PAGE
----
- International Politics
[Report] Ambassador of Peru to Canada says country is open to dialogue
In response to allegations of human rights violations in his country, Roberto Rodríguez Arnillas, Ambassador of Peru to Canada, says that his government is open to dialogue and committed to verifying the facts.
Since early December 2022, following the impeachment and arrest of leftist President Pedro Castillo, Peru has been plunged into protests and road blockades.
So far the total number of deaths is estimated at 56, seventeen of which occurred on Monday, January 10, in the city of Juliaca, Puno. There have also been 900 injured civilians.
This Friday, the transitional government led by Dina Boluarte ordered intervention by the police and the army to clear the 88 road barricades in 8 of Peru's 25 regions.
It was in this context that we spoke exclusively with the Ambassador of Peru to Canada, Roberto Rodríguez Arnillas, who stated that his government deeply regrets the loss of human lives and has demonstrated a
firm commitment to the promotion and protection of human rights.
The ambassador also said that Lima is willing to provide all possible assistance in order to verify what really happened.
There is transparency, openness and accountability, he said.
Watch the full interview (in Spanish):
Regarding the guarantees that the Peruvian government can provide to its population and the international community to remedy the inequitable wealth distribution, as well as to address food and physical insecurity, Ambassador Rodríguez Arnillas said that the priority is lifting the roadblocks.
What we need is for the road blockades to stop so that we can attend to precisely what you mentioned, so that fuel, gas, food and medicine can get through. [...] President Boluarte has been very clear in all her speeches about the need for dialogue. The Peruvian State, the Peruvian government is ready to sit down at the table and talk.
The diplomat said that the population has been invited to express itself and to demonstrate, but that
unfortunately so far it has not been possible to establish this dialogue.
Regarding the calls to investigate the deaths and injuries that occurred during the protests, Roberto Rodríguez Arnillas pointed out that there is a separation of powers in Peru and that it is the Attorney General's Office that is conducting the investigations.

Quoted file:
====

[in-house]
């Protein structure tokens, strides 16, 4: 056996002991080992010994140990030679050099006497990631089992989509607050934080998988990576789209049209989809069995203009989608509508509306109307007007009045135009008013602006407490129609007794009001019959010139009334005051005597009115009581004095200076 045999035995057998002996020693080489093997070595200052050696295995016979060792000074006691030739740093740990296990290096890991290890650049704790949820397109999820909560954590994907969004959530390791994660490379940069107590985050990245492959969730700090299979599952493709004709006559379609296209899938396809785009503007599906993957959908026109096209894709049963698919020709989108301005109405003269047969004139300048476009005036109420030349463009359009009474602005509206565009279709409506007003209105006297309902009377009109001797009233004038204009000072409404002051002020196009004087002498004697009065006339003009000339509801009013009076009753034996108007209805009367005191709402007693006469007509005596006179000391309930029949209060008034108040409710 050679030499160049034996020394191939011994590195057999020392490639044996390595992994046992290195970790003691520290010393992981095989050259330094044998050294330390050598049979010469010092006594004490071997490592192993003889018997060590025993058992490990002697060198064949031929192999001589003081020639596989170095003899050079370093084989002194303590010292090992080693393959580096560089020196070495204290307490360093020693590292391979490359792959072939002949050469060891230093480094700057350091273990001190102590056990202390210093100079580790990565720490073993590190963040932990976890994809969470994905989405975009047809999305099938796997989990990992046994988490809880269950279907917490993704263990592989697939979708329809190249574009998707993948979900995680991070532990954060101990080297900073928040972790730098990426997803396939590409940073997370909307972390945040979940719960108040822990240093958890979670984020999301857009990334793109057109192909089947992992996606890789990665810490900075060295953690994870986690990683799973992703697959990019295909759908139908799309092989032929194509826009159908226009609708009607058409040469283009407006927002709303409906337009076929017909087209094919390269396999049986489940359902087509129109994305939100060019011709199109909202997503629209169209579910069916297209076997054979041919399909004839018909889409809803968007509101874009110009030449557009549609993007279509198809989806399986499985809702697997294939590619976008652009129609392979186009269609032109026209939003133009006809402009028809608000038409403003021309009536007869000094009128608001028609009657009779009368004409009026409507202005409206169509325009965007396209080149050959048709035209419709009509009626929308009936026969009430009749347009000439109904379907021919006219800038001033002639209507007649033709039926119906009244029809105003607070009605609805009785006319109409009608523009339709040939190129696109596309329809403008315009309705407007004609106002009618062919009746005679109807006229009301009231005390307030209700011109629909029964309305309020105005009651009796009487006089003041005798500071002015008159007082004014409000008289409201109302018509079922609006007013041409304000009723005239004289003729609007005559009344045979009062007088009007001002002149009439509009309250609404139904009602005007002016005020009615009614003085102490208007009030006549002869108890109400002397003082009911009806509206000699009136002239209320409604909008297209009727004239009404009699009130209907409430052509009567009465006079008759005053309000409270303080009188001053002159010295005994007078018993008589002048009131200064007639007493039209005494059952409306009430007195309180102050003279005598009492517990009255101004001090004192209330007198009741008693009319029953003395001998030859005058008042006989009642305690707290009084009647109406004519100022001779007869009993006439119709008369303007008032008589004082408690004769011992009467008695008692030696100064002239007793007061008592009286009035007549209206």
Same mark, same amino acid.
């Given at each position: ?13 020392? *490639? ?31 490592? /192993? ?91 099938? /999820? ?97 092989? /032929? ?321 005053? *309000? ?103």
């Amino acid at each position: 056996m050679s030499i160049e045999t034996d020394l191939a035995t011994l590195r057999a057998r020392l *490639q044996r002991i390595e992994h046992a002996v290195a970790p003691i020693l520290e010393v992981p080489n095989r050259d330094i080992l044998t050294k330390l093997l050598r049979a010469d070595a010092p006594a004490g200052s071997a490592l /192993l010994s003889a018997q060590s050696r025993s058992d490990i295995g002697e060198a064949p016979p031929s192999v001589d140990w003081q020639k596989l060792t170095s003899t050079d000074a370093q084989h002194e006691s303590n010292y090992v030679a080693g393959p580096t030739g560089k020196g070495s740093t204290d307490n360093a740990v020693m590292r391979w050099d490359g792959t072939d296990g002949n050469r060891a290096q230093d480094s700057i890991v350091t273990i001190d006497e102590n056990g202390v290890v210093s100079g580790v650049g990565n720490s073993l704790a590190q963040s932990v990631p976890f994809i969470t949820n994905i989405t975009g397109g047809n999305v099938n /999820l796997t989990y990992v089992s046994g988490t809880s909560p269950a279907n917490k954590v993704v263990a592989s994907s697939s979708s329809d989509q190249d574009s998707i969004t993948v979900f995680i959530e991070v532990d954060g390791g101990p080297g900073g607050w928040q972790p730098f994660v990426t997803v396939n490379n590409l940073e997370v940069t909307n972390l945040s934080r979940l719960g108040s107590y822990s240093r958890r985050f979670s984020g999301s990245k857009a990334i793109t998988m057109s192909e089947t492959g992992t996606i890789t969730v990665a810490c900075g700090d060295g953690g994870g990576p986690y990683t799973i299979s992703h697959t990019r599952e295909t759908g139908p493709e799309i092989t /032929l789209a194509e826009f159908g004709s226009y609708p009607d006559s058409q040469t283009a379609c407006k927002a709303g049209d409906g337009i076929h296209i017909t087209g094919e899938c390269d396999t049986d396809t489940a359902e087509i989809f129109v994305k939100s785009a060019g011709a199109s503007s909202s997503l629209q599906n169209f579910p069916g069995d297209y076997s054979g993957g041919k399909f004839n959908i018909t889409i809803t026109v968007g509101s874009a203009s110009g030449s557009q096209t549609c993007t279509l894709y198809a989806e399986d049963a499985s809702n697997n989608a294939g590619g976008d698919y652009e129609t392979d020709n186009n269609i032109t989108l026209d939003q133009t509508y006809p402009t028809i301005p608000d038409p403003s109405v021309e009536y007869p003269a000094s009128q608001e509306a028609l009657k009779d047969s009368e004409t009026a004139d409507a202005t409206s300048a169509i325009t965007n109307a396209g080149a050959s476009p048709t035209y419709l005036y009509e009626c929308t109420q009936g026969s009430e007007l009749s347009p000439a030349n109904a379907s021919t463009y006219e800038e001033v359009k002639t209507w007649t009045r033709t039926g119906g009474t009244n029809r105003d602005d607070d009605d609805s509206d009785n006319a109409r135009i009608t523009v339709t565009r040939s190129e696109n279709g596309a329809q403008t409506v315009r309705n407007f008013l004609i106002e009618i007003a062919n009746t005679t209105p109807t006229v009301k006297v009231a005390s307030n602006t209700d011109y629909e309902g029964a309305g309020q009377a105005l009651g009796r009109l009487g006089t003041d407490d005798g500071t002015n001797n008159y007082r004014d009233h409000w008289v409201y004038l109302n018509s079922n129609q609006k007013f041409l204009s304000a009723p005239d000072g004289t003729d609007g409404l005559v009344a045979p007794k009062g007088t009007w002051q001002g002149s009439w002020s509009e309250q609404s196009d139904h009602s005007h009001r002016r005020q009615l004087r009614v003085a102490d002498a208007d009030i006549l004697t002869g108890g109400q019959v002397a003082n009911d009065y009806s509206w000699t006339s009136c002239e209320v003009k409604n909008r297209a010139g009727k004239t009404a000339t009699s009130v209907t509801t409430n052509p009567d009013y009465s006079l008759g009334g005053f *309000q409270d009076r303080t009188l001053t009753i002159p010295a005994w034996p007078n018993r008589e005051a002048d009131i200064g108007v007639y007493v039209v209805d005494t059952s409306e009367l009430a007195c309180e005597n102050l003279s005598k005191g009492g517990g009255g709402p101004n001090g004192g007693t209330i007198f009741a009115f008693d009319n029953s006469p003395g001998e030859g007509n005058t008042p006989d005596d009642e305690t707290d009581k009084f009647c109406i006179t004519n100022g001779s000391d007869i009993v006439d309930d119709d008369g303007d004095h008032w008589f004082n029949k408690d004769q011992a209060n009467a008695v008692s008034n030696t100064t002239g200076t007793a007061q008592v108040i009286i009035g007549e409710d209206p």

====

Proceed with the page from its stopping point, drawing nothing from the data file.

The Peruvian government is open to providing all the information required by the authorities of the Attorney General's Office. [...] Following the loss of human lives, which we deeply regret, the government reacted immediately by inviting the Inter-American Commission on Human Rights and the UN High Commissioner for Human Rights and providing all possible assistance in order to conduct the investigations.
The diplomat also stated that his government has established a multisectoral commission to contact the relatives of the deceased in order to provide them with all possible assistance, as well as the injured persons in order to provide them with proper treatment and to follow up on the status of their conditions.
Rodríguez Arnillas also said that he had met with the Secretary General of Amnesty International Canada, who has expressed her concerns about what is happening in his country. The ambassador said he has
provided her with ample and comprehensive information about everything his government has done.
In fact, as the ambassador says, the Anglophone and Francophone sections of Amnesty International (AI) Canada met with him at the Peruvian embassy on January 19 to express
deep concern about human rights violations in the context of the violent repression of protests in Peru by state security forces, the organization's Kathy Price told RCI.
The head of campaigns in Latin America said dozens of people have been killed and more than 900 civilians injured since the protests began in December.
Amnesty International also denounced
attacks on journalists covering the protests and the violent police raid on the University of San Marcos on January 21.
Amnesty International Canada is deeply concerned by shocking images of police brutality and dangerous and stigmatizing public statements by Peruvian authorities about people from historically marginalized rural communities and indigenous peoples peacefully protesting to express their legitimate discontent, falsely accusing them of being terrorists and criminals.
Thousands of Amnesty International supporters sent messages to the Peruvian authorities calling for accountability for the growing number of civilian deaths and injuries, protection of the right to peaceful protest and an end to indiscriminate and brutal state repression, which will only exacerbate the political crisis in Peru.
In a letter addressed to Canadian Prime Minister Justin Trudeau, Alonso Gamarra, PhD Candidate in Anthropology at McGill University in Montreal, Rossio Motta-Ochoa, Associate Professor at the School of Social Work at the University of Montreal, and Lucia Flores Echaiz, Lawyer and Master of Laws Candidate at the University of Quebec in Montreal, as part of the Quebec-Peru Solidarity Collective, urge the Canadian government to denounce
the violent repression of demonstrators in Peru by the government of Dina Boluarte.
We urge the Canadian government to reject any human rights violations committed by the Boluarte government in Peru and to add its voice to the calls of the international community for an end to the violent repression of civilians exercising their right to protest.
Alfonso Gamarra, Rossio Motta-Ochoa and Lucía Flores Echaiz sign on behalf of 195 other signatories of the letter.
Note: this report is also available in Spanish